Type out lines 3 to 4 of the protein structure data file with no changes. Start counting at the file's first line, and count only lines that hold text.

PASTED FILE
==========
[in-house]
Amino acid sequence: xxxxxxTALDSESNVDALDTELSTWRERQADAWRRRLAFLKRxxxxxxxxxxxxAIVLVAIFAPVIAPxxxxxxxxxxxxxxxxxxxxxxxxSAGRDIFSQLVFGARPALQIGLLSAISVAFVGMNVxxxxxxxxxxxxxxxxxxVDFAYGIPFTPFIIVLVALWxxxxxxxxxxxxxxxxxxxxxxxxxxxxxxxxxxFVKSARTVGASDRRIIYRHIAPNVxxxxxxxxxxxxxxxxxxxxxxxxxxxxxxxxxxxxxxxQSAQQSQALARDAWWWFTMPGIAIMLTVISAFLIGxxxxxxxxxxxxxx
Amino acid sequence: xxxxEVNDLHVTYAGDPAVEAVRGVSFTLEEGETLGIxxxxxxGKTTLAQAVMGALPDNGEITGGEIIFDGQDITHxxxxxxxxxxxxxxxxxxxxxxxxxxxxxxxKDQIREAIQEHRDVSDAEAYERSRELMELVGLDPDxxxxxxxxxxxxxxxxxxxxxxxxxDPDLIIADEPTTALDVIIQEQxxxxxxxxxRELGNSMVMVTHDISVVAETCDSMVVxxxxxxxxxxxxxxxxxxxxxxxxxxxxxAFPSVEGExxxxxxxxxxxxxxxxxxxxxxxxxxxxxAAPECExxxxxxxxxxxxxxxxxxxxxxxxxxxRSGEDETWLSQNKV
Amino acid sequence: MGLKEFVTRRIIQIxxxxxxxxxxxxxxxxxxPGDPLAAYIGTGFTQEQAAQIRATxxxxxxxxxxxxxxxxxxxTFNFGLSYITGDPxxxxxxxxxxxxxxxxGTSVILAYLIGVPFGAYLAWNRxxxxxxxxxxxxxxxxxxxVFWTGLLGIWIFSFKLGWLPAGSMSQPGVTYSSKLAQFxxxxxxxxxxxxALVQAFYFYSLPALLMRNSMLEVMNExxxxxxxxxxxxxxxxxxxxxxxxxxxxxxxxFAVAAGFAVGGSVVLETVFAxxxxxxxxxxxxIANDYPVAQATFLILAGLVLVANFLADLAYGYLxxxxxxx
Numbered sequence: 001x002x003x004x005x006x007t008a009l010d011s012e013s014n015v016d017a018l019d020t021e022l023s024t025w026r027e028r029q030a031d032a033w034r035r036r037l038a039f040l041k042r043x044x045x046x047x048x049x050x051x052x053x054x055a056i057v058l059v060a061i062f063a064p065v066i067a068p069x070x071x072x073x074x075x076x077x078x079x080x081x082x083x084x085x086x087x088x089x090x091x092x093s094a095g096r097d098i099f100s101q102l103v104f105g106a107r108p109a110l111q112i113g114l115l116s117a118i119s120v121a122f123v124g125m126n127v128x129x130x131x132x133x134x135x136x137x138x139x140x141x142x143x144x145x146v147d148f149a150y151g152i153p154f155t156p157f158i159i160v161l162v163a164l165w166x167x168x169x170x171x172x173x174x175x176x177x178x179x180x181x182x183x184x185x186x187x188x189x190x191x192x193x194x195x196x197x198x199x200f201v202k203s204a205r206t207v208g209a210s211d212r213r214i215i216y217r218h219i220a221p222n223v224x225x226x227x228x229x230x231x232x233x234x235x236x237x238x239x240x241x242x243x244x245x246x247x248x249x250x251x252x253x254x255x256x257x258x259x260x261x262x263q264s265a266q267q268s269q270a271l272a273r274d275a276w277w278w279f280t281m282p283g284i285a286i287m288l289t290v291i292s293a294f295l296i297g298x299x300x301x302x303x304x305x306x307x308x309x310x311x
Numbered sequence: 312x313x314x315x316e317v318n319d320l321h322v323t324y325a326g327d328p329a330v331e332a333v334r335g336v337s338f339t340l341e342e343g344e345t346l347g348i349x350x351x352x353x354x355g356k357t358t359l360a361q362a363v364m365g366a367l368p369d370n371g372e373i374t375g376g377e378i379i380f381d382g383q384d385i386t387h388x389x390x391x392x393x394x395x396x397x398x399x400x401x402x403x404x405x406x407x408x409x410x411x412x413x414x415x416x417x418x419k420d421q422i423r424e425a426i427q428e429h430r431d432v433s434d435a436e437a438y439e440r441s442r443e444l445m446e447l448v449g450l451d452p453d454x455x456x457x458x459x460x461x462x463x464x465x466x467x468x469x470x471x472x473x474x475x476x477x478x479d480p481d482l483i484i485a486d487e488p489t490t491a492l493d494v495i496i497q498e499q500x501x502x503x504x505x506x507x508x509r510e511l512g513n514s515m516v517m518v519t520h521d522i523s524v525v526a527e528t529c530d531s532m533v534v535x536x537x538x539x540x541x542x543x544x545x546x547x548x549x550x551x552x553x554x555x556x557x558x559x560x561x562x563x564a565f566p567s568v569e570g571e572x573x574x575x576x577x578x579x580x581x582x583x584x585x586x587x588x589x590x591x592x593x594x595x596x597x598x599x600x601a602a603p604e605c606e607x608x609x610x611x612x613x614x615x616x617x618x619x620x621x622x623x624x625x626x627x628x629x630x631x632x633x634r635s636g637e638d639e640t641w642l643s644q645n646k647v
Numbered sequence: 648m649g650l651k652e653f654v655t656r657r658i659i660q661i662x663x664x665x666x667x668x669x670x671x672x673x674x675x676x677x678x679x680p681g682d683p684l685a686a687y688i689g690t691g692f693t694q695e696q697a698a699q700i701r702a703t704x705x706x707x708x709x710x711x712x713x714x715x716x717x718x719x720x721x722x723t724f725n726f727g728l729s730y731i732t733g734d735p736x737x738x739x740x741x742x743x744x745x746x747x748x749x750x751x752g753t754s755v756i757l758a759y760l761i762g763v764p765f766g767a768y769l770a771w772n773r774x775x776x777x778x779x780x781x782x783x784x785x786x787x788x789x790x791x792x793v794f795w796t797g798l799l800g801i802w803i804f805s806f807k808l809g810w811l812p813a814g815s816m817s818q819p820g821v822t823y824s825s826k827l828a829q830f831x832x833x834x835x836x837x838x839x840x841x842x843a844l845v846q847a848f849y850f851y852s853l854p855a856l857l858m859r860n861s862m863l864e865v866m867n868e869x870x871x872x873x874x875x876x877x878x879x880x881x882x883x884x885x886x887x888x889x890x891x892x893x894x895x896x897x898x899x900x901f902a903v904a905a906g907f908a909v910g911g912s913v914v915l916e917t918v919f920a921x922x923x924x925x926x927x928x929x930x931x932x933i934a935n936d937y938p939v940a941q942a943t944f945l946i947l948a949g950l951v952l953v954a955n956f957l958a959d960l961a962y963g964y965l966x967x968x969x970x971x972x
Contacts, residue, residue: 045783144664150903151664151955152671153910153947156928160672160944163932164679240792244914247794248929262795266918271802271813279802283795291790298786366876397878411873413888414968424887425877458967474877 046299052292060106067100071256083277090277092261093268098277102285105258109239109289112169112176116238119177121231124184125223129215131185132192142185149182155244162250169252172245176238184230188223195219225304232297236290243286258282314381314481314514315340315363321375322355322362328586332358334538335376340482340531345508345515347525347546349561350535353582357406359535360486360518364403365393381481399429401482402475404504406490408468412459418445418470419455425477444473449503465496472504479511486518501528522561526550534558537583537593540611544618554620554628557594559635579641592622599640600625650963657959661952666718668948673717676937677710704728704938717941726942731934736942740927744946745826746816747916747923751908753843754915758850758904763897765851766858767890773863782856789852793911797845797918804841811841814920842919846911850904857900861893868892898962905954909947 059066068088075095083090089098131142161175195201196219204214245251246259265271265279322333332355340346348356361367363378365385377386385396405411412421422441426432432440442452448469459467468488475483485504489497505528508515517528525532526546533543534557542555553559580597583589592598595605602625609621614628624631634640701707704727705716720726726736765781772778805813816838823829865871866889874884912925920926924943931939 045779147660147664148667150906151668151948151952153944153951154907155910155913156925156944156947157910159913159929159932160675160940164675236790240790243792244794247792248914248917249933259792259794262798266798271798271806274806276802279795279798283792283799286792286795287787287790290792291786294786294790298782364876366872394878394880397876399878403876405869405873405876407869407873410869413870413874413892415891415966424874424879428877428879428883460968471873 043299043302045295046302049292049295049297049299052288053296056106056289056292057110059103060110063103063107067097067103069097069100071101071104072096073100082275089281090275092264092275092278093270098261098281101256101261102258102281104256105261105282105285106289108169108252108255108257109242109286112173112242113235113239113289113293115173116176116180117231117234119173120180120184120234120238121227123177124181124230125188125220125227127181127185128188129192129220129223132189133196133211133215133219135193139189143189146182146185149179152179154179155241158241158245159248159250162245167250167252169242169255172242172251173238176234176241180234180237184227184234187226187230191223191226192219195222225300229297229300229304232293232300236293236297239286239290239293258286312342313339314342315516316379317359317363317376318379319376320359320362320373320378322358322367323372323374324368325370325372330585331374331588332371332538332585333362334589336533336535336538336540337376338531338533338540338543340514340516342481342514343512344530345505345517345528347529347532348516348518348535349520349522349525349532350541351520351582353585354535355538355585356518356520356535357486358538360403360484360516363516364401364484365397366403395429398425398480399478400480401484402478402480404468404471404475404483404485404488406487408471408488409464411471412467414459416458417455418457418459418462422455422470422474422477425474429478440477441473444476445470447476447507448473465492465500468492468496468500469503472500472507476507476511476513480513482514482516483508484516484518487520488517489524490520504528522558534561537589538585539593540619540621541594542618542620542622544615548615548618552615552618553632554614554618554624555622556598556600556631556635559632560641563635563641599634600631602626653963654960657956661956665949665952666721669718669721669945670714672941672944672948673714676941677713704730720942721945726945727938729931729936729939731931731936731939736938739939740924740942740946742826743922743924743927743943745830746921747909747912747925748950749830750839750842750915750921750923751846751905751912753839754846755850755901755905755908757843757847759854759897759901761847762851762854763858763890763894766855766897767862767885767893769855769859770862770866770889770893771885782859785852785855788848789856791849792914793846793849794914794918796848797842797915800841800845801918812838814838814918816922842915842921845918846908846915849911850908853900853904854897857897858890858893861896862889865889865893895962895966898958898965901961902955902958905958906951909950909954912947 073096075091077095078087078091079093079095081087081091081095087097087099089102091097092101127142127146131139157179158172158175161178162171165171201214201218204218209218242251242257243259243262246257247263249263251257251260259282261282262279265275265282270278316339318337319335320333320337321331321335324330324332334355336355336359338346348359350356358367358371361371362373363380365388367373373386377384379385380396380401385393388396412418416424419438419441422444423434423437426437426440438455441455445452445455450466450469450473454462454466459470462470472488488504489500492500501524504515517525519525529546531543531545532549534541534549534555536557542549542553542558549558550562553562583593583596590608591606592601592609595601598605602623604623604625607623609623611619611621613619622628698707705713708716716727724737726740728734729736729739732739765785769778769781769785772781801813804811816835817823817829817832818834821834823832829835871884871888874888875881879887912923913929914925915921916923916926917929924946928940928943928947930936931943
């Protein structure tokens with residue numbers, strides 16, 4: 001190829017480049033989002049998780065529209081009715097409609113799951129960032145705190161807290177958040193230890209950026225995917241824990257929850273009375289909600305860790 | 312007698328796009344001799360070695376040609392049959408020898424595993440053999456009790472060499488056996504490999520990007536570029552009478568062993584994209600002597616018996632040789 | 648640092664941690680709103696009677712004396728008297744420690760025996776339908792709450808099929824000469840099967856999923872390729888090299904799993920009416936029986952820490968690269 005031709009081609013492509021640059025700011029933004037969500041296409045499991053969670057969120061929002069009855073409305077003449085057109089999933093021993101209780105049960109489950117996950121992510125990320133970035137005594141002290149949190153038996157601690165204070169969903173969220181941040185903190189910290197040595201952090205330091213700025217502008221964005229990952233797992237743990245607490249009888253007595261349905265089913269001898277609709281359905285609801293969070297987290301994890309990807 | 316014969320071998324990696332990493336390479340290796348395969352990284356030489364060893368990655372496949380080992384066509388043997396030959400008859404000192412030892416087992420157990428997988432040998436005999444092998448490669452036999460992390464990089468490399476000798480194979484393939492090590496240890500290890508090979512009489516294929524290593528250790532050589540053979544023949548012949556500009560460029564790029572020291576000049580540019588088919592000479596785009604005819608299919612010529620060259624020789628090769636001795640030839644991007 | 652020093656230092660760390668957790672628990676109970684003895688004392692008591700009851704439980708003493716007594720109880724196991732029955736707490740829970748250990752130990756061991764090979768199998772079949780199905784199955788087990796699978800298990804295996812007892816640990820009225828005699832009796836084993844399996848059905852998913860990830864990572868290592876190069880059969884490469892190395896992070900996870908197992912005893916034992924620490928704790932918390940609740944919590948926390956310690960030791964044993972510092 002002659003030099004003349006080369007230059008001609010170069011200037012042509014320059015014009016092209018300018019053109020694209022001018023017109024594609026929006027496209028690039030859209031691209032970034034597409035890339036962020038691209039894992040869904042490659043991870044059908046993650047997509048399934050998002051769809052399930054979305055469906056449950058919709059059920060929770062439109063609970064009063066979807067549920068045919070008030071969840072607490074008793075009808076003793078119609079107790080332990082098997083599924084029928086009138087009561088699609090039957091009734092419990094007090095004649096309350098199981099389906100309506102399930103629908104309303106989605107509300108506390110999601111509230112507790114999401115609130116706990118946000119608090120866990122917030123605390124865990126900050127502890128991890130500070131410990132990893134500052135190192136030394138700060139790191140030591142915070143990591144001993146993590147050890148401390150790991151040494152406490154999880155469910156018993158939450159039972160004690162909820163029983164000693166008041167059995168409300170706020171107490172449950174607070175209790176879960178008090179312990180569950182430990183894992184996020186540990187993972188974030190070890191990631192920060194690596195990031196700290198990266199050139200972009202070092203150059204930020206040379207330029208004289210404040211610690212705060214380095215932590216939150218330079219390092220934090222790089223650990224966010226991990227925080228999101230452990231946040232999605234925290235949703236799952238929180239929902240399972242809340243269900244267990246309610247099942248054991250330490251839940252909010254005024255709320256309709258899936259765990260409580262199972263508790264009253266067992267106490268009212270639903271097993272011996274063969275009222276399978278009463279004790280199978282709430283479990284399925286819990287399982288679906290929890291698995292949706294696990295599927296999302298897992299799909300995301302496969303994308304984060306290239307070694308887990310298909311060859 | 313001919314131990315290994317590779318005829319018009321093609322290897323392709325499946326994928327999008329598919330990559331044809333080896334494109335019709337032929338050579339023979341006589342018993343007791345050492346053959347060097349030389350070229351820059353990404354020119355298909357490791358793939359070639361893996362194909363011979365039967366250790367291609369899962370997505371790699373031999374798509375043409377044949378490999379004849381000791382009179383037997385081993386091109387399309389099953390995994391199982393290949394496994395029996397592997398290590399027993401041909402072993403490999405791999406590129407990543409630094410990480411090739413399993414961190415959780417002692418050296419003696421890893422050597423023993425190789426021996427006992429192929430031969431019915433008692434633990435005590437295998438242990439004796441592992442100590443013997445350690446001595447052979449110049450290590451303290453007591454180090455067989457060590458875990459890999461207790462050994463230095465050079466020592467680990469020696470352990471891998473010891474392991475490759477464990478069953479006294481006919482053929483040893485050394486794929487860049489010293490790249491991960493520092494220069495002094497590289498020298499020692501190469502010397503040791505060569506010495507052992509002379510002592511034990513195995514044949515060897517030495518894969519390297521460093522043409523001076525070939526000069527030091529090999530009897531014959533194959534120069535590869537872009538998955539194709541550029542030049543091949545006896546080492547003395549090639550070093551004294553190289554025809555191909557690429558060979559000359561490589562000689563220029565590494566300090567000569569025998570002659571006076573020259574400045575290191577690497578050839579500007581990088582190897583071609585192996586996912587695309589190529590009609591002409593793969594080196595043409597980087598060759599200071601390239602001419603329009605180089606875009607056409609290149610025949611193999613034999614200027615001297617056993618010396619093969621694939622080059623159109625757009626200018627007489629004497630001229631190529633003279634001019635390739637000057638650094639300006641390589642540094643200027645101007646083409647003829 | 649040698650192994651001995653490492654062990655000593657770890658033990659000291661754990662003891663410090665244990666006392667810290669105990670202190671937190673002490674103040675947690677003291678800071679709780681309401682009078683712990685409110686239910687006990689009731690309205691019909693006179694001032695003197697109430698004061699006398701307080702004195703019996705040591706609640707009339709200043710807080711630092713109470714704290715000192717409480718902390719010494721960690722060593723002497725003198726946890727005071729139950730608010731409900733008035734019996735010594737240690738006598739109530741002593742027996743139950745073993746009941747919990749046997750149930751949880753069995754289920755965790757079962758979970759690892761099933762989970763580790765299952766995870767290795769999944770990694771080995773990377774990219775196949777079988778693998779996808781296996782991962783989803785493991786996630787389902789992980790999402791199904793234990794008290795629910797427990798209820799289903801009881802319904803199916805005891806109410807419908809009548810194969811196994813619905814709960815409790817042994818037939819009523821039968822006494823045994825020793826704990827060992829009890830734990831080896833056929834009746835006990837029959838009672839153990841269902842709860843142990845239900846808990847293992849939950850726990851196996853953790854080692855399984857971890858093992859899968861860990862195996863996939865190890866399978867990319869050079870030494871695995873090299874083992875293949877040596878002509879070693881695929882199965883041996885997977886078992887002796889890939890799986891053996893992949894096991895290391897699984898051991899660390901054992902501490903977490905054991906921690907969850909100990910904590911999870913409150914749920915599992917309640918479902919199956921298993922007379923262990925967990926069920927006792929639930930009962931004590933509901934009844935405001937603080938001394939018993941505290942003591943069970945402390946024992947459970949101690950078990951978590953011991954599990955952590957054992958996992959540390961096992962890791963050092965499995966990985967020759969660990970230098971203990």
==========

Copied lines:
Amino acid sequence: xxxxEVNDLHVTYAGDPAVEAVRGVSFTLEEGETLGIxxxxxxGKTTLAQAVMGALPDNGEITGGEIIFDGQDITHxxxxxxxxxxxxxxxxxxxxxxxxxxxxxxxKDQIREAIQEHRDVSDAEAYERSRELMELVGLDPDxxxxxxxxxxxxxxxxxxxxxxxxxDPDLIIADEPTTALDVIIQEQxxxxxxxxxRELGNSMVMVTHDISVVAETCDSMVVxxxxxxxxxxxxxxxxxxxxxxxxxxxxxAFPSVEGExxxxxxxxxxxxxxxxxxxxxxxxxxxxxAAPECExxxxxxxxxxxxxxxxxxxxxxxxxxxRSGEDETWLSQNKV
Amino acid sequence: MGLKEFVTRRIIQIxxxxxxxxxxxxxxxxxxPGDPLAAYIGTGFTQEQAAQIRATxxxxxxxxxxxxxxxxxxxTFNFGLSYITGDPxxxxxxxxxxxxxxxxGTSVILAYLIGVPFGAYLAWNRxxxxxxxxxxxxxxxxxxxVFWTGLLGIWIFSFKLGWLPAGSMSQPGVTYSSKLAQFxxxxxxxxxxxxALVQAFYFYSLPALLMRNSMLEVMNExxxxxxxxxxxxxxxxxxxxxxxxxxxxxxxxFAVAAGFAVGGSVVLETVFAxxxxxxxxxxxxIANDYPVAQATFLILAGLVLVANFLADLAYGYLxxxxxxx